All companies that have established their online presence expect returns on their investments into digital marketing as soon as possible. However, many small businesses often experience difficulties with marketing budgets.
If you start a research on the internet on how to allocate your digital marketing budget, you may get confused and probably start thinking there’s some voodoo magic involved. But that’s not the case. Millions of different businesses have had contrasting results from digital marketing cost distribution. As such, we’ve ended up with millions of mixed results for allocating budget items.
What we want to do is cater to those of you who have absolutely no idea of where to start allocating your digital marketing budget. In this article, we will give you an idea of the main approaches to planning your digital marketing budget and provide some useful instruments and recommendations to build upon in the future.
Types of Digital Marketing
The first step toward creating a digital marketing budget is setting your goals and defining how you are going to measure them. There are basically two kinds of goals:
- Sales. You can track metrics throughout your sales funnel — first-time buyers, repeat sales, conversions, and upsells.
- Awareness. To measure awareness, pay attention to your traffic, social following growth, and social engagement (for example, comments and participation, content downloads, and content shares).
After setting achievable and measurable goals, we recommend you narrow down your focus on the main areas that you can spend your budget on to produce the best results based on the demand for your product.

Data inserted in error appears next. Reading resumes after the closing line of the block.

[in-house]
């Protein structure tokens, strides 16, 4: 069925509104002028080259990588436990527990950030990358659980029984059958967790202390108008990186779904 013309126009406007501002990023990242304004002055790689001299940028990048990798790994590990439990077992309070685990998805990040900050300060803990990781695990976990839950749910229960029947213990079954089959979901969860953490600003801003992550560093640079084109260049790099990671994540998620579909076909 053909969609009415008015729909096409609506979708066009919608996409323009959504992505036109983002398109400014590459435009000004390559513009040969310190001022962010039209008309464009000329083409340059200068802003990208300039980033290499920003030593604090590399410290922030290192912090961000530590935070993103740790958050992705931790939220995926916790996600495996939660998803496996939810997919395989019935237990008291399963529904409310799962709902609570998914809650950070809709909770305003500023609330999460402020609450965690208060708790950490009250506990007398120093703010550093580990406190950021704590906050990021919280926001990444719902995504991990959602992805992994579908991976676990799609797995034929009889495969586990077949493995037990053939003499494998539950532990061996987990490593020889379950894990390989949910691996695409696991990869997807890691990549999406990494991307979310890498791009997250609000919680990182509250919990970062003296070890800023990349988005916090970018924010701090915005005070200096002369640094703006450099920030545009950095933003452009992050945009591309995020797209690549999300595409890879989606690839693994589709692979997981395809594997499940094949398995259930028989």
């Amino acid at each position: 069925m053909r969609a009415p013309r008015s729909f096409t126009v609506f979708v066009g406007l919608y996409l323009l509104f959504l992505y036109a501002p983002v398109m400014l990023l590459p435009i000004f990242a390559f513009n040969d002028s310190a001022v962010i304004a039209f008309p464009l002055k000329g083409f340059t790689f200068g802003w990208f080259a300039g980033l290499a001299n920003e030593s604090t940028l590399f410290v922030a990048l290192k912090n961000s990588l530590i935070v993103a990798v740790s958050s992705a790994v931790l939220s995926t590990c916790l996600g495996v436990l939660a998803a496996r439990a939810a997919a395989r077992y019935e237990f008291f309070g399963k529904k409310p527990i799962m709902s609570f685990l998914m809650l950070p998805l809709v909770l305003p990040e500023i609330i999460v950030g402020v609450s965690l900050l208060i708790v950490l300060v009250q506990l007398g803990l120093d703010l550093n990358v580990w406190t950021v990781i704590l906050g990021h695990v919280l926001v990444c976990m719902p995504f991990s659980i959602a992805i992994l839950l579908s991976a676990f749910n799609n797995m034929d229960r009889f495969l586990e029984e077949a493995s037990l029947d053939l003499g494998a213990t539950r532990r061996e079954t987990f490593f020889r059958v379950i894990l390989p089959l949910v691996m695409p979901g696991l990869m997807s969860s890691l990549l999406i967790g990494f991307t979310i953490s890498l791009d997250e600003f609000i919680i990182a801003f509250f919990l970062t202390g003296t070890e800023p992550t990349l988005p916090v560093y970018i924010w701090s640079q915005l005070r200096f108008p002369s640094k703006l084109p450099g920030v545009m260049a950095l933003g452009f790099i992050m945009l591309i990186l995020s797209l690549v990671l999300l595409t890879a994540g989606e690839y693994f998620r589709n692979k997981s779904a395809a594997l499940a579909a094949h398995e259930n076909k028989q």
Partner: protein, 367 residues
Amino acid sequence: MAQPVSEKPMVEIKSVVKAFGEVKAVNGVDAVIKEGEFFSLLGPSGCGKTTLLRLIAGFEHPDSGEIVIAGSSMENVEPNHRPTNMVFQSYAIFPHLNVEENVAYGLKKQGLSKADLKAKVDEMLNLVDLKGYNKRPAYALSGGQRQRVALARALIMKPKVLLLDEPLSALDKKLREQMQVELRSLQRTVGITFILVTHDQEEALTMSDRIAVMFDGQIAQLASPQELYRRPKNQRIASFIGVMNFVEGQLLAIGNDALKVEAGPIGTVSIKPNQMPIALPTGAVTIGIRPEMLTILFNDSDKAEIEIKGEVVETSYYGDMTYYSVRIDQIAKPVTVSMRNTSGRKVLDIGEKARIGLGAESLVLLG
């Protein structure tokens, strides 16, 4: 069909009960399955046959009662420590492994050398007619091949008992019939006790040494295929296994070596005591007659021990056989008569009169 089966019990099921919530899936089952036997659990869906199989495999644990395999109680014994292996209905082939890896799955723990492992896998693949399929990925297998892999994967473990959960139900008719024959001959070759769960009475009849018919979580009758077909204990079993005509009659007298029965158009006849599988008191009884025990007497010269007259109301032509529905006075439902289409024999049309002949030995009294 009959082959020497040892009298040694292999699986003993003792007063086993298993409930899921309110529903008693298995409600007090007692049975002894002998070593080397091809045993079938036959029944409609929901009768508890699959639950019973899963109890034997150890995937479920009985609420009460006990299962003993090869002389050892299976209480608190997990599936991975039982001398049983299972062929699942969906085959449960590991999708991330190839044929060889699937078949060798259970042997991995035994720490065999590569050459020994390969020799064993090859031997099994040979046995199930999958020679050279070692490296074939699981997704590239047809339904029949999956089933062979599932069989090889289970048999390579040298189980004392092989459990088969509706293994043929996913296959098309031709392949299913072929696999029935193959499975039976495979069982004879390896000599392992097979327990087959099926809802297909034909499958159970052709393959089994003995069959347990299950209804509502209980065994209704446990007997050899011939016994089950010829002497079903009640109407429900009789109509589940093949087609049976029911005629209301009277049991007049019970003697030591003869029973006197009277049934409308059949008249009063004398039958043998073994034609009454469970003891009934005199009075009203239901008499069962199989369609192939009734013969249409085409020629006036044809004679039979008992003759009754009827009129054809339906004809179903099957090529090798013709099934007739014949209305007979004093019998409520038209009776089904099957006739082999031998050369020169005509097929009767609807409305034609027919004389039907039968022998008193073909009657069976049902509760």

The second thing you want to do when creating a digital marketing budget is to evaluate previous campaigns and budgets. How much did you spend, what exactly did you invest in, and were your investments productive? Then figure out if there was any money that was really well spent or, in the worst case, money that was wasted and had no impact.
The third step is to choose the type of digital marketing that will suit your product according to its demand. If you’re promoting a product or service that is already familiar to the market – for example, if you are a brand of clothing, cosmetics, or food – there are a variety of marketing techniques that will suit you. We will name the most popular.
Search Engine Optimization or SEO is a combination of practices aimed at increasing the volume of quality traffic to your site through organic search engine results. SEO can take many forms. It can be anything from optimizing title tags and meta descriptions to link building and to using keywords that can generate quality traffic to your site.
The main feature of this marketing technique is that it works best in the long term. You can expect reliable results from SEO in no less than 4-6 months. The good news is that SEO works great for newly established companies as well as for long-existing brands.
Unlike SEO techniques, PPC advertising can be quickly profitable with proper planning. PPC stands for pay-per-click, an internet marketing technique in which advertisers pay a fixed fee whenever one of their ads is clicked. It’s a way of buying visits to your website rather than trying to “earn” those visits organically with SEO. When PPC is set up correctly, its costs are trifling, because the visit may be worth more than what you pay for it. In other words, if you pay $2 for a click, but the click results in a $200 sale, you’ve made a considerable profit.